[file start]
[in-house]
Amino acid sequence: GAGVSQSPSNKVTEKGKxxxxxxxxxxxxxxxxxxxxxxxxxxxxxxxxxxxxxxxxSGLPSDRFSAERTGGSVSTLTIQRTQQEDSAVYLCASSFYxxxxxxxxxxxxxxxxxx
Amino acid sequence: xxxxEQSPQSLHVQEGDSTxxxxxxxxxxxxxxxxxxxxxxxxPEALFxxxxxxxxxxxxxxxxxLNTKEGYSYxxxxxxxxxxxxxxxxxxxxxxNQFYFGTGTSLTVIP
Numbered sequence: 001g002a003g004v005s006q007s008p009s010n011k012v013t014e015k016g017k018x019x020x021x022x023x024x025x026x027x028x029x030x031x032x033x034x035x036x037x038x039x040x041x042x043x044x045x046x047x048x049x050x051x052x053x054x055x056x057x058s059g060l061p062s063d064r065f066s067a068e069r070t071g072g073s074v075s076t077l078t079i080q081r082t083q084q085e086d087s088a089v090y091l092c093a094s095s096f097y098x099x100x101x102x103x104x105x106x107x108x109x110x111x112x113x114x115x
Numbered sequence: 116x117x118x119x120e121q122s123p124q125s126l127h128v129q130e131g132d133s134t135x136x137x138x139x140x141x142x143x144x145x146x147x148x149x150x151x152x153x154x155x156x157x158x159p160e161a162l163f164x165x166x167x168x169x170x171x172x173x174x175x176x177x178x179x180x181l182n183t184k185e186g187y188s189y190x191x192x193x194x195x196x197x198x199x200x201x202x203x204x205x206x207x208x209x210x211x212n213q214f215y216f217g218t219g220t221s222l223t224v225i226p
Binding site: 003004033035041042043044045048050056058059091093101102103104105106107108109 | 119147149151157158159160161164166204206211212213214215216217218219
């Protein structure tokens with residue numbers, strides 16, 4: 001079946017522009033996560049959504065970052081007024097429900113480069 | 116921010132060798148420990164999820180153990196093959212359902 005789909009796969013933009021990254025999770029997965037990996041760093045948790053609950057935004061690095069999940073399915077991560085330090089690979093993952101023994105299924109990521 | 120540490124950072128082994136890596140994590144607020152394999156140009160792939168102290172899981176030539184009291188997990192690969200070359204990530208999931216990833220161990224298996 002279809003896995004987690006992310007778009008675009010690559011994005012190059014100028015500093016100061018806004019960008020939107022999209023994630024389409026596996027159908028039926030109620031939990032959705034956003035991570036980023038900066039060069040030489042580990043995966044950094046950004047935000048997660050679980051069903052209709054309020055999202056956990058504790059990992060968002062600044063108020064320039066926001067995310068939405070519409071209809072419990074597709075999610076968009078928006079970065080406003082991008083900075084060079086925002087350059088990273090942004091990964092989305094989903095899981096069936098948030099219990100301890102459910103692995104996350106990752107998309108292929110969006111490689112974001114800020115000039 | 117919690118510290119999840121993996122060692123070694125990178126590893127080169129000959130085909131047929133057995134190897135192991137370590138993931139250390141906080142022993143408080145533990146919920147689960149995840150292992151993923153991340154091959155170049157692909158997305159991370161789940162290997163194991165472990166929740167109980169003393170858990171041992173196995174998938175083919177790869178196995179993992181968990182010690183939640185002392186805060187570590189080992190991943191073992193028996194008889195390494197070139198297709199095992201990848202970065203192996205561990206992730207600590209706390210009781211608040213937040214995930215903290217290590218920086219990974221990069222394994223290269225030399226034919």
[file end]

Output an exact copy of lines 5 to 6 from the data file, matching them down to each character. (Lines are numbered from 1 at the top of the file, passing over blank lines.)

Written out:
Numbered sequence: 116x117x118x119x120e121q122s123p124q125s126l127h128v129q130e131g132d133s134t135x136x137x138x139x140x141x142x143x144x145x146x147x148x149x150x151x152x153x154x155x156x157x158x159p160e161a162l163f164x165x166x167x168x169x170x171x172x173x174x175x176x177x178x179x180x181l182n183t184k185e186g187y188s189y190x191x192x193x194x195x196x197x198x199x200x201x202x203x204x205x206x207x208x209x210x211x212n213q214f215y216f217g218t219g220t221s222l223t224v225i226p
Binding site: 003004033035041042043044045048050056058059091093101102103104105106107108109 | 119147149151157158159160161164166204206211212213214215216217218219